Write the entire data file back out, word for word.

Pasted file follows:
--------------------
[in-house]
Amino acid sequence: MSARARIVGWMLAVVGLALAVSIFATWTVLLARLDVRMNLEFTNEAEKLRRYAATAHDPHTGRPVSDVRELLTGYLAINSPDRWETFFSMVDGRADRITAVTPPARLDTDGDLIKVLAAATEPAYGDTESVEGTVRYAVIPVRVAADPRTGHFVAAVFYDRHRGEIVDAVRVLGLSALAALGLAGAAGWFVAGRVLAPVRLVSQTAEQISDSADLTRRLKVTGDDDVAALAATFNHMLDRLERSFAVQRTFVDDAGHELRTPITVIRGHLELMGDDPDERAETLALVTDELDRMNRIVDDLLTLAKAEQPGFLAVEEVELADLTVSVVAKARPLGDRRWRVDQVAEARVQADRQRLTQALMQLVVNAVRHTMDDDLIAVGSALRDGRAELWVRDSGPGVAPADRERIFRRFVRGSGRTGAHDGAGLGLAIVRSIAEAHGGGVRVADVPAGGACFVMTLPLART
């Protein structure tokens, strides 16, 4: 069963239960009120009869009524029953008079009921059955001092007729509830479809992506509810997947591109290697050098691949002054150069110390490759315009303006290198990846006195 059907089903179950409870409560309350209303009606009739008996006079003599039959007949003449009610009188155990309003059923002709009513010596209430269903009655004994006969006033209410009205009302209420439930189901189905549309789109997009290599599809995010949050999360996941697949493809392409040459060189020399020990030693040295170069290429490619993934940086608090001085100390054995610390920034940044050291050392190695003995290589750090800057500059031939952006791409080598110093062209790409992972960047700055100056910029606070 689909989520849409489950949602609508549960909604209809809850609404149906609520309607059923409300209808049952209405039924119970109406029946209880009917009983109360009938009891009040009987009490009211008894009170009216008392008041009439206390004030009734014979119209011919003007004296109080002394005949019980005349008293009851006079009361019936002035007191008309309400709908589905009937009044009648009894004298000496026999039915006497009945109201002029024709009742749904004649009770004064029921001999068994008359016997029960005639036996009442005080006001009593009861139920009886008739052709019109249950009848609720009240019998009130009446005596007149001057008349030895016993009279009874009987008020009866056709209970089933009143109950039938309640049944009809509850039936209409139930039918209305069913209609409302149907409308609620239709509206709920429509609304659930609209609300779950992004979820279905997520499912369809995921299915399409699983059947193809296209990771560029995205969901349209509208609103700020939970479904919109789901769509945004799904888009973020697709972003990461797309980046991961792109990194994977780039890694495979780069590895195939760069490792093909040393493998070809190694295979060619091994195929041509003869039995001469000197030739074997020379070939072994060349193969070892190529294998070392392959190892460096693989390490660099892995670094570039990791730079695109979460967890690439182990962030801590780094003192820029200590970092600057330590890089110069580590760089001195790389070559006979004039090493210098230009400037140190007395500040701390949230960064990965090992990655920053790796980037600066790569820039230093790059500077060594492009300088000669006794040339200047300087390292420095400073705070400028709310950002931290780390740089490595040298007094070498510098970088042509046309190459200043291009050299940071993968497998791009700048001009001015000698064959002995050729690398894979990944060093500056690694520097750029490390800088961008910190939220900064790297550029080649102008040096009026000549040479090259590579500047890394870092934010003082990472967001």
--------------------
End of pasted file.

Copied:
[in-house]
Amino acid sequence: MSARARIVGWMLAVVGLALAVSIFATWTVLLARLDVRMNLEFTNEAEKLRRYAATAHDPHTGRPVSDVRELLTGYLAINSPDRWETFFSMVDGRADRITAVTPPARLDTDGDLIKVLAAATEPAYGDTESVEGTVRYAVIPVRVAADPRTGHFVAAVFYDRHRGEIVDAVRVLGLSALAALGLAGAAGWFVAGRVLAPVRLVSQTAEQISDSADLTRRLKVTGDDDVAALAATFNHMLDRLERSFAVQRTFVDDAGHELRTPITVIRGHLELMGDDPDERAETLALVTDELDRMNRIVDDLLTLAKAEQPGFLAVEEVELADLTVSVVAKARPLGDRRWRVDQVAEARVQADRQRLTQALMQLVVNAVRHTMDDDLIAVGSALRDGRAELWVRDSGPGVAPADRERIFRRFVRGSGRTGAHDGAGLGLAIVRSIAEAHGGGVRVADVPAGGACFVMTLPLART
């Protein structure tokens, strides 16, 4: 069963239960009120009869009524029953008079009921059955001092007729509830479809992506509810997947591109290697050098691949002054150069110390490759315009303006290198990846006195 059907089903179950409870409560309350209303009606009739008996006079003599039959007949003449009610009188155990309003059923002709009513010596209430269903009655004994006969006033209410009205009302209420439930189901189905549309789109997009290599599809995010949050999360996941697949493809392409040459060189020399020990030693040295170069290429490619993934940086608090001085100390054995610390920034940044050291050392190695003995290589750090800057500059031939952006791409080598110093062209790409992972960047700055100056910029606070 689909989520849409489950949602609508549960909604209809809850609404149906609520309607059923409300209808049952209405039924119970109406029946209880009917009983109360009938009891009040009987009490009211008894009170009216008392008041009439206390004030009734014979119209011919003007004296109080002394005949019980005349008293009851006079009361019936002035007191008309309400709908589905009937009044009648009894004298000496026999039915006497009945109201002029024709009742749904004649009770004064029921001999068994008359016997029960005639036996009442005080006001009593009861139920009886008739052709019109249950009848609720009240019998009130009446005596007149001057008349030895016993009279009874009987008020009866056709209970089933009143109950039938309640049944009809509850039936209409139930039918209305069913209609409302149907409308609620239709509206709920429509609304659930609209609300779950992004979820279905997520499912369809995921299915399409699983059947193809296209990771560029995205969901349209509208609103700020939970479904919109789901769509945004799904888009973020697709972003990461797309980046991961792109990194994977780039890694495979780069590895195939760069490792093909040393493998070809190694295979060619091994195929041509003869039995001469000197030739074997020379070939072994060349193969070892190529294998070392392959190892460096693989390490660099892995670094570039990791730079695109979460967890690439182990962030801590780094003192820029200590970092600057330590890089110069580590760089001195790389070559006979004039090493210098230009400037140190007395500040701390949230960064990965090992990655920053790796980037600066790569820039230093790059500077060594492009300088000669006794040339200047300087390292420095400073705070400028709310950002931290780390740089490595040298007094070498510098970088042509046309190459200043291009050299940071993968497998791009700048001009001015000698064959002995050729690398894979990944060093500056690694520097750029490390800088961008910190939220900064790297550029080649102008040096009026000549040479090259590579500047890394870092934010003082990472967001």